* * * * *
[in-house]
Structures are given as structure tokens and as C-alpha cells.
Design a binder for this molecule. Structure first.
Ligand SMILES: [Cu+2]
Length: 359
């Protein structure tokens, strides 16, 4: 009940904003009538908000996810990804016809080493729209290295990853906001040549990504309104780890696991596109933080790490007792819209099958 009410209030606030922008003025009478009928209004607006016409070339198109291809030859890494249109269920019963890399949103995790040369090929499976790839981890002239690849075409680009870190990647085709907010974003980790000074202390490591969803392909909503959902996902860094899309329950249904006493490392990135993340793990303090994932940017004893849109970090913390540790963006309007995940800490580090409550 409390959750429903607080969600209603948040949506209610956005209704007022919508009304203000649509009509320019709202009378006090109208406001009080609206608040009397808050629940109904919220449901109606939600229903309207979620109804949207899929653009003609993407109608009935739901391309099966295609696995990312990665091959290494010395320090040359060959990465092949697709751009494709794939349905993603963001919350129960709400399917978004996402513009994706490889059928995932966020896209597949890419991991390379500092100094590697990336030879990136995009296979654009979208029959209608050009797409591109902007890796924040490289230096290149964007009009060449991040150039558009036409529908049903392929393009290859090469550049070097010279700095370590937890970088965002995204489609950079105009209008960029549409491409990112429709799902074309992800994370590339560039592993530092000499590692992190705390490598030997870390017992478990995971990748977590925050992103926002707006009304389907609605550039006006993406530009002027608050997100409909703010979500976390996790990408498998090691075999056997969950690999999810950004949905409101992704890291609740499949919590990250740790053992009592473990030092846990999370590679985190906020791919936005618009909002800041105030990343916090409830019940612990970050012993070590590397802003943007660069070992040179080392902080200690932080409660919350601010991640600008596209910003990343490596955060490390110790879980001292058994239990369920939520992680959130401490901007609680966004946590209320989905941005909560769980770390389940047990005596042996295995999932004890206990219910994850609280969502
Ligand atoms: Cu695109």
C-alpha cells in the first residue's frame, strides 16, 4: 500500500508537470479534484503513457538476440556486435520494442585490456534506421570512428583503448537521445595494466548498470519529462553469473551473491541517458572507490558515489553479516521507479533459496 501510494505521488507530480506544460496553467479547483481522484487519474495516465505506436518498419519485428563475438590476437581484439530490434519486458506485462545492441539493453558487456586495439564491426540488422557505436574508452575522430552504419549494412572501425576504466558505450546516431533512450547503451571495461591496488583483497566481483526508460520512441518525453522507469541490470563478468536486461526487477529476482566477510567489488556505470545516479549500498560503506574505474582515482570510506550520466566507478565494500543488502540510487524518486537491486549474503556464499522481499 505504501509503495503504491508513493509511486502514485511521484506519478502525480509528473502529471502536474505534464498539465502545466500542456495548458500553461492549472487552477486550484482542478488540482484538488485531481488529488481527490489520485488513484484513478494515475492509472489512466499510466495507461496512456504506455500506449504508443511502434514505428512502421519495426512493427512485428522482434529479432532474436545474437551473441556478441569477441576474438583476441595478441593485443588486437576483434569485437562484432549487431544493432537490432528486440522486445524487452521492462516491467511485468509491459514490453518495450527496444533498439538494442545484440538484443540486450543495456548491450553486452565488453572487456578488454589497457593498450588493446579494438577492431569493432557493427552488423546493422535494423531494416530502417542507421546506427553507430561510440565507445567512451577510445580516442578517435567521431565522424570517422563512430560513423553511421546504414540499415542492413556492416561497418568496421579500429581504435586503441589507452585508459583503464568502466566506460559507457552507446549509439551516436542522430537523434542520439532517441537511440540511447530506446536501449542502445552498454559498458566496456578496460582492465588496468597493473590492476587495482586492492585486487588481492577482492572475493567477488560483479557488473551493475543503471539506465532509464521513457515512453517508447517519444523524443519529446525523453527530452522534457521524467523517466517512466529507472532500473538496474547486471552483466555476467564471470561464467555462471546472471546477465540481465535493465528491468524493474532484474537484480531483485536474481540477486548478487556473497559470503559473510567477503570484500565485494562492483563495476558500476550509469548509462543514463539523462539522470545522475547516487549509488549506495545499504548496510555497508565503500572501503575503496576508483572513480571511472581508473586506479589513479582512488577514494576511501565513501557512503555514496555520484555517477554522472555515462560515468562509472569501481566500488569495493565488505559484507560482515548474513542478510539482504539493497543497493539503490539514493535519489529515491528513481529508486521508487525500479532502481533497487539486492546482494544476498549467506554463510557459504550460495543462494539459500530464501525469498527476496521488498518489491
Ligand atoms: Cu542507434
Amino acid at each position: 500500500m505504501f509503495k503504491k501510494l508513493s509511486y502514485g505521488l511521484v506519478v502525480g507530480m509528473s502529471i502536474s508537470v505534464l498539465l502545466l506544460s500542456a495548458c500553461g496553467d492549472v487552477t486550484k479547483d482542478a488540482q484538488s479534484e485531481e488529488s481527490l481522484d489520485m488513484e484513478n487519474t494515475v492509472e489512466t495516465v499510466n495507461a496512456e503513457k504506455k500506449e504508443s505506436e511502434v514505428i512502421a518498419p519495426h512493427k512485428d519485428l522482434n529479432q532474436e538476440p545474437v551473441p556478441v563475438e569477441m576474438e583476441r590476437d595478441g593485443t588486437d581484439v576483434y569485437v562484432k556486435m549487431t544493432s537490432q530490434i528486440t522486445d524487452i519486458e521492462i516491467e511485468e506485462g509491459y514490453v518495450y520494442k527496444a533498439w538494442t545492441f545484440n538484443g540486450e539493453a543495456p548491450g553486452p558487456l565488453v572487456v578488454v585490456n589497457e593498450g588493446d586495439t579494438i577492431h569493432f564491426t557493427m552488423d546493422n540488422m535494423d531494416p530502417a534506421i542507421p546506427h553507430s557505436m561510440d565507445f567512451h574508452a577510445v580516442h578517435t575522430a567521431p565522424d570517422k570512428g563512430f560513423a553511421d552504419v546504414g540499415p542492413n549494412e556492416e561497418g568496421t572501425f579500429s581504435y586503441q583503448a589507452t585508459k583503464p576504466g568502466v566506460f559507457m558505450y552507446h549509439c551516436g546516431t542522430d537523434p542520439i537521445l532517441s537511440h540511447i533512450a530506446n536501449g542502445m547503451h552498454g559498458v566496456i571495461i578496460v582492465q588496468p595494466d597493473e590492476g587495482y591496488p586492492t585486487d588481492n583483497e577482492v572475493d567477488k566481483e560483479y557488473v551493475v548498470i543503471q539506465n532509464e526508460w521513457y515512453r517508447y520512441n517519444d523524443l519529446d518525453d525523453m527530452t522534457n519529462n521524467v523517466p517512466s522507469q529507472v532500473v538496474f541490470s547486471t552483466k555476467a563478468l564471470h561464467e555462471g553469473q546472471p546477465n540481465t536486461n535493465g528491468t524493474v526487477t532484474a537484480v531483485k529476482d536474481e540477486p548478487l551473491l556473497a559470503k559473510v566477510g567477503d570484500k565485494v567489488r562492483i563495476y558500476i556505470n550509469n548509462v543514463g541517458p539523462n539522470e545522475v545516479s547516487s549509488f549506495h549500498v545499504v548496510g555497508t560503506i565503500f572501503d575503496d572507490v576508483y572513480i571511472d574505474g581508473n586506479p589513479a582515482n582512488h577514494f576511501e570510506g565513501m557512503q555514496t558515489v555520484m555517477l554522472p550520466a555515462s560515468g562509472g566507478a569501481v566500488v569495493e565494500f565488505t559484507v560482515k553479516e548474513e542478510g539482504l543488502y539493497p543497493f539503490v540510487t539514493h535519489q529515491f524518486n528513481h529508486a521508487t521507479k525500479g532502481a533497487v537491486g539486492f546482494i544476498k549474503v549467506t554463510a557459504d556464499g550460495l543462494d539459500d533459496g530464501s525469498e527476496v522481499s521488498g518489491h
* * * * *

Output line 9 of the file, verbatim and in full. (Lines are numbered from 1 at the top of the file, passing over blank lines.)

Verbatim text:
Ligand atoms: Cu542507434